While attending the Western Alfalfa and Forage Association’s annual conference in Reno, Audubon California's Khara Strum started connecting some of the information she was hearing with some of the challenges she’s facing at work – in particular the intersection of agriculture, water, and bird habitat.
“There was one session that I made sure to get a seat in,” says Strum. “The session included a talk about groundwater recharge on agricultural fields. The talk was excellent, but I was distracted by the nagging feeling that there had to be a bird element to this research”
As a shorebird ecologist, Strum spends the majority of her time putting together partnerships between private landowners and conservation groups. These partnerships have been incredibly valuable for birds in the Central Valley, providing thousands of acres of surrogate habitat for waterfowl and shorebirds on rice farms.
But in this session, the conversation was about alfalfa, a crop that has long intrigued researchers at Audubon California who know that 128 bird species have been documented using alfalfa as habitat, but that there hasn’t been a comprehensive survey of exactly how or why.
Alfalfa is widely grown in the Central Valley, and it is also popular in the Imperial Valley, adjacent to the Salton Sea. Audubon California is currently working with state officials and NGO partners to find a way to support several hundred species of birds that will be at risk when water diversions begin to dramatically lower the level of the Salton Sea beginning in 2018.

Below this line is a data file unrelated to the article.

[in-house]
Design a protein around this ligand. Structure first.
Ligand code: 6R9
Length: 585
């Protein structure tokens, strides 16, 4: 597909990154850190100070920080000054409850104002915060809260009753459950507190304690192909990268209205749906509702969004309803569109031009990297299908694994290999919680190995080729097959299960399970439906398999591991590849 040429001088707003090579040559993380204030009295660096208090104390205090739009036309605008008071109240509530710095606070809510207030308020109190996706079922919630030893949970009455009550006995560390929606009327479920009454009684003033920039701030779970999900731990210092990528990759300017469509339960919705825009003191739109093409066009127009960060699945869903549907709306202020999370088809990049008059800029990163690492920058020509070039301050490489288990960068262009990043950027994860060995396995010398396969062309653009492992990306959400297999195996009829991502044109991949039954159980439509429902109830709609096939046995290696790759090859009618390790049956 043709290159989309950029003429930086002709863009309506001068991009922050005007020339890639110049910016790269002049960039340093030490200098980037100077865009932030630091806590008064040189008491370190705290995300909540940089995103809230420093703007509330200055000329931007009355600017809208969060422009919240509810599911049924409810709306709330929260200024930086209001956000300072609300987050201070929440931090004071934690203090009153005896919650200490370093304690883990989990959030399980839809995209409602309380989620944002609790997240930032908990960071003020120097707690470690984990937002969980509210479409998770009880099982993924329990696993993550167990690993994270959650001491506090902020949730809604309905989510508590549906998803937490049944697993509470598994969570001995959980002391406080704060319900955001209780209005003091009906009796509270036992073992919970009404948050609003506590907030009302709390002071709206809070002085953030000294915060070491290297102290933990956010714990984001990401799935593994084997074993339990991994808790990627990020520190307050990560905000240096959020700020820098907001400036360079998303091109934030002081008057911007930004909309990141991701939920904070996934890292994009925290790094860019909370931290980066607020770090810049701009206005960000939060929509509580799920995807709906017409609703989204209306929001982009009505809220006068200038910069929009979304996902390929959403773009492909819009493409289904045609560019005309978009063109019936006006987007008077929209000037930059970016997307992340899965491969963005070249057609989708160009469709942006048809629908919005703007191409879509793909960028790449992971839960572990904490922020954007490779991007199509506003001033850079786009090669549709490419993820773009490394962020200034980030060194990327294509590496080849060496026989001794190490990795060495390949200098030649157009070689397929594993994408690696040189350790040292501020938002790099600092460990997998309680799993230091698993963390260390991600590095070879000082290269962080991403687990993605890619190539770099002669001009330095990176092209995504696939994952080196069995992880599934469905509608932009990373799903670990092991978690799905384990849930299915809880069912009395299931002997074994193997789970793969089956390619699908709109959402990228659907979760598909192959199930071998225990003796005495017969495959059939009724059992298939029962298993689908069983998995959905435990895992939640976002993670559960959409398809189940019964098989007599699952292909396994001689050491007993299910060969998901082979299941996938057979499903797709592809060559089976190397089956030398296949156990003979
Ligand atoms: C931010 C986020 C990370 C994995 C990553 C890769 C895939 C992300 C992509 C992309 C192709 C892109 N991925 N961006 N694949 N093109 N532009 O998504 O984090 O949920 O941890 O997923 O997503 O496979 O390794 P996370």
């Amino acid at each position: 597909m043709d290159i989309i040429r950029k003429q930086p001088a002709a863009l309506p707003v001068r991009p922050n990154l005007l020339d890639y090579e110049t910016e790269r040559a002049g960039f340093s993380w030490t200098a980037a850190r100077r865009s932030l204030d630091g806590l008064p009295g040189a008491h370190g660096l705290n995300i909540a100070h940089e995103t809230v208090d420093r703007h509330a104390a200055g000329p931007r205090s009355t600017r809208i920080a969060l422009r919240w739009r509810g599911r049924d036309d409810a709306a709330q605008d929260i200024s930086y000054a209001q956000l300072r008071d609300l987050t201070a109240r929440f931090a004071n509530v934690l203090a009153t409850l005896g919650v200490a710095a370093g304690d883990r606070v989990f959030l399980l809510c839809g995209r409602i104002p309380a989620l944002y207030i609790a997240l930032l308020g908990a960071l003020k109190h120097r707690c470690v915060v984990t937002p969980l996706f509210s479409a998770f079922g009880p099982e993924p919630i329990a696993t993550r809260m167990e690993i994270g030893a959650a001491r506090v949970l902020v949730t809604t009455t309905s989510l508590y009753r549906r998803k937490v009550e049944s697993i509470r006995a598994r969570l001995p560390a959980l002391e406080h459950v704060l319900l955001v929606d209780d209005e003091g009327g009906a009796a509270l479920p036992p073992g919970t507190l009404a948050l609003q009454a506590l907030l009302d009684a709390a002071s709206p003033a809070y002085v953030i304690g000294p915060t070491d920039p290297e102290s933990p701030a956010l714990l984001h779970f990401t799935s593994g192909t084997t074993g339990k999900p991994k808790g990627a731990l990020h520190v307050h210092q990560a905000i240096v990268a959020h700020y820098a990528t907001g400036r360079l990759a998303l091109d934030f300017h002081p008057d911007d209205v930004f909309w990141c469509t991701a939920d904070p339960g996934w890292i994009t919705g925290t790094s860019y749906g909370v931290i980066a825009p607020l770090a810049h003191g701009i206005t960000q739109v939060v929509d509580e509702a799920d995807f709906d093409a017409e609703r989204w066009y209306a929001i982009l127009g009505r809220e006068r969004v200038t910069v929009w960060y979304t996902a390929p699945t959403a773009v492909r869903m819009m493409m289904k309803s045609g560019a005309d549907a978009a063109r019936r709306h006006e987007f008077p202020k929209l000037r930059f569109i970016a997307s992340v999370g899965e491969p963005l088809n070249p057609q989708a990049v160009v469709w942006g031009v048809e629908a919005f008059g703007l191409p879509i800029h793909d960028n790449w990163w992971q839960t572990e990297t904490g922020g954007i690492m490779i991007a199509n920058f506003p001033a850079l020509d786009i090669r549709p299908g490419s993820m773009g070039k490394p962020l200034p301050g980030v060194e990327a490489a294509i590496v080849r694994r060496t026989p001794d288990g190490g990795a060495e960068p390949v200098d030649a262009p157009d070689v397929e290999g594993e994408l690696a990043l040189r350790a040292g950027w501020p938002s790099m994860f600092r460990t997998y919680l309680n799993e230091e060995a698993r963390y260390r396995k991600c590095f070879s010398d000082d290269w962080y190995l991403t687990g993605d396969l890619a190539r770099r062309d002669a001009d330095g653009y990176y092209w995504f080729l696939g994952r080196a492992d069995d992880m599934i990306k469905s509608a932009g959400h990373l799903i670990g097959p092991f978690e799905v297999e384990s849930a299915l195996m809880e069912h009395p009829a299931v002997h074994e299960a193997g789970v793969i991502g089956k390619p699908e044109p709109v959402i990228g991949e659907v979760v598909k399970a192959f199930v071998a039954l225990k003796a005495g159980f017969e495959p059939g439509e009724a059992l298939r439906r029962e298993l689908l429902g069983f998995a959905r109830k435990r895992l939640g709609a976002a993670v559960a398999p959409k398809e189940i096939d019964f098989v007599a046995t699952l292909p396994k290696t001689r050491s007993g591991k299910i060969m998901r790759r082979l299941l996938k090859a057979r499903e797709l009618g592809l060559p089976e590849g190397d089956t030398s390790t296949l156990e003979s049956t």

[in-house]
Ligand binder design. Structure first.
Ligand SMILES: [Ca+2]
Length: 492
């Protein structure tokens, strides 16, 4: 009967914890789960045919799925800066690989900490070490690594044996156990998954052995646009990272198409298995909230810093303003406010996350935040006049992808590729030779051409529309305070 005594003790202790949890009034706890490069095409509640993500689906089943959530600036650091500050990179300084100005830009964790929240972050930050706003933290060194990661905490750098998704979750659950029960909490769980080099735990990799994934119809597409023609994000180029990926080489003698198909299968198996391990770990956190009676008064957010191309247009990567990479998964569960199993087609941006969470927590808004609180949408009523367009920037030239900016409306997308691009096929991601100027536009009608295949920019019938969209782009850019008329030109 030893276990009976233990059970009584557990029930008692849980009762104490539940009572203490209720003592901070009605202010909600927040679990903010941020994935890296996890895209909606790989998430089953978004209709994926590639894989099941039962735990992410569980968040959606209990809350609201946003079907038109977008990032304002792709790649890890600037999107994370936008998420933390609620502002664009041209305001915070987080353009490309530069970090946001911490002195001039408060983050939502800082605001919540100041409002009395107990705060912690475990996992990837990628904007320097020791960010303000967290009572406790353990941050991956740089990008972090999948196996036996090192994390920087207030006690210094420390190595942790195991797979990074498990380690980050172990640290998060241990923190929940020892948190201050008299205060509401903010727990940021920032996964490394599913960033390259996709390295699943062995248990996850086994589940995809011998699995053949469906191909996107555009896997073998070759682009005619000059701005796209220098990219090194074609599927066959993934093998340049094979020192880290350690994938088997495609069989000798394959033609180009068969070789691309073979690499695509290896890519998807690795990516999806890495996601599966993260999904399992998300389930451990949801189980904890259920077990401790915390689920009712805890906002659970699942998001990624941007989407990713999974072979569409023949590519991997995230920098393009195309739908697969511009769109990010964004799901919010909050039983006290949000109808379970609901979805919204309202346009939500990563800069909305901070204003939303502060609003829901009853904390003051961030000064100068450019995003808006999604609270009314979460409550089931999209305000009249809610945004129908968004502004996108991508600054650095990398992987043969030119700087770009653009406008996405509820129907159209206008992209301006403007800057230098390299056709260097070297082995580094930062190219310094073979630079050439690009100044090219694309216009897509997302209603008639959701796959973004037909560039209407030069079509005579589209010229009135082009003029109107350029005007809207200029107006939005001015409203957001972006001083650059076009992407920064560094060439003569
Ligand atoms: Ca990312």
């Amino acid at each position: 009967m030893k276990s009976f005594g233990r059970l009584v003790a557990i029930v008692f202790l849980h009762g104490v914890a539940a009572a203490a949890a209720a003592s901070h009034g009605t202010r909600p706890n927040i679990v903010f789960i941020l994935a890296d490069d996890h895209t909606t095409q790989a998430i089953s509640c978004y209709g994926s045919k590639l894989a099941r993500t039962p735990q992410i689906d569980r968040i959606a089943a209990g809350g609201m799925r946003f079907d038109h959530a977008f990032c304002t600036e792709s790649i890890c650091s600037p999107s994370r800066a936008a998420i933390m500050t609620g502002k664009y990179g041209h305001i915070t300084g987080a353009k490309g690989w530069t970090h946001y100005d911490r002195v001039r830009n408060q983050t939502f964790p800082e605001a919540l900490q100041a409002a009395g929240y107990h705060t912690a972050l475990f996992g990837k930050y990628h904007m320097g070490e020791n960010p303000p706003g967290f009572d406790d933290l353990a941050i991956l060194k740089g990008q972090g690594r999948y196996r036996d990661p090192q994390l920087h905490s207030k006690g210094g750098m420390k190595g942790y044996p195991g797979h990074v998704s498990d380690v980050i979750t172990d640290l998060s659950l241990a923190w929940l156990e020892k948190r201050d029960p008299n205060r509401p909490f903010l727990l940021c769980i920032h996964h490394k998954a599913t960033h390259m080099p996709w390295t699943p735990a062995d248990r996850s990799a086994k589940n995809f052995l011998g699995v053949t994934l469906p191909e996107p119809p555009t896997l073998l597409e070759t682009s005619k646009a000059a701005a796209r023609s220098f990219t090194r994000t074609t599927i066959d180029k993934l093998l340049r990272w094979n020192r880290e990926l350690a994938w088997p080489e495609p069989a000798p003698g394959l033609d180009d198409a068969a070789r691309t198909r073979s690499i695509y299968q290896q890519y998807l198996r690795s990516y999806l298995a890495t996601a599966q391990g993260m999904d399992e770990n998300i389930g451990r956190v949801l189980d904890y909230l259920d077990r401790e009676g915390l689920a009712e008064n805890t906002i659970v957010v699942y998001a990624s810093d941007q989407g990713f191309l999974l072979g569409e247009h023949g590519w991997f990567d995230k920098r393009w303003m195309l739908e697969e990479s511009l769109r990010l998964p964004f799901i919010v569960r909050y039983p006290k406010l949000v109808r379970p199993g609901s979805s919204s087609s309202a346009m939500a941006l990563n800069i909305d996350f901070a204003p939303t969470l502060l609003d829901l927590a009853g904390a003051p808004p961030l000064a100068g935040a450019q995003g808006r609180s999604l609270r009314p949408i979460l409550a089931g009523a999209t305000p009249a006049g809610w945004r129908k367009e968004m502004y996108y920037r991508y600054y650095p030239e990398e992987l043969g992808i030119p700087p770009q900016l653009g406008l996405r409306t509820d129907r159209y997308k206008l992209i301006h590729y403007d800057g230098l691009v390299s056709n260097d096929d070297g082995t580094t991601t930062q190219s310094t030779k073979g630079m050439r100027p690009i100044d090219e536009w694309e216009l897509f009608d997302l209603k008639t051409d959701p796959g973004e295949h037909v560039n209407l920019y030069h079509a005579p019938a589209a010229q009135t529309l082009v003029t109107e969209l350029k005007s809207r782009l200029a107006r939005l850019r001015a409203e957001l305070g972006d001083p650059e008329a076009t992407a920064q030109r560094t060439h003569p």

The question that crossed Khara’s mind: If we can understand how birds are using alfalfa, can we figure out how much alfalfa needs to be grown to support those birds and can we provide support for some of the birds losing habitat on the Salton Sea?
Khara didn’t leave this thought in Reno. When she returned to her office, she started making calls to fellow researchers at UC Davis, Point Blue, and The Nature Conservancy. Her idea is that a two-part survey on alfalfa fields that quantifies both groundwater recharge and bird use might provide some answers.
The groundwater recharge question is important. New legislation in California will require replenishment of the groundwater that agriculture has historically used to irrigate crops. Alfalfa fields are a potential place to put excess water during winter rains because the flooding hasn’t been shown to harm the crops. Flood irrigation of alfalfa fields during the growing season may also help recharge groundwater. The idea is that perhaps these flooded fields could act as surrogate wetland habitat.
Strum says that the benefits of survey research into alfalfa could also help farmers demonstrate additional value for their crop in a decreasing market.
Strum imagines that research into alfalfa will look similar to what she has done alongside the California Rice Commission in the Central Valley. But she notes that alfalfa is different from rice in that it is a perennial crop that is harvested every thirty days.
“We have a lot to learn about how birds such as Swainson’s Hawks and Long-billed Curlews are using alfalfa,” she said. “But what we learn could perhaps help us down in the Imperial Valley.”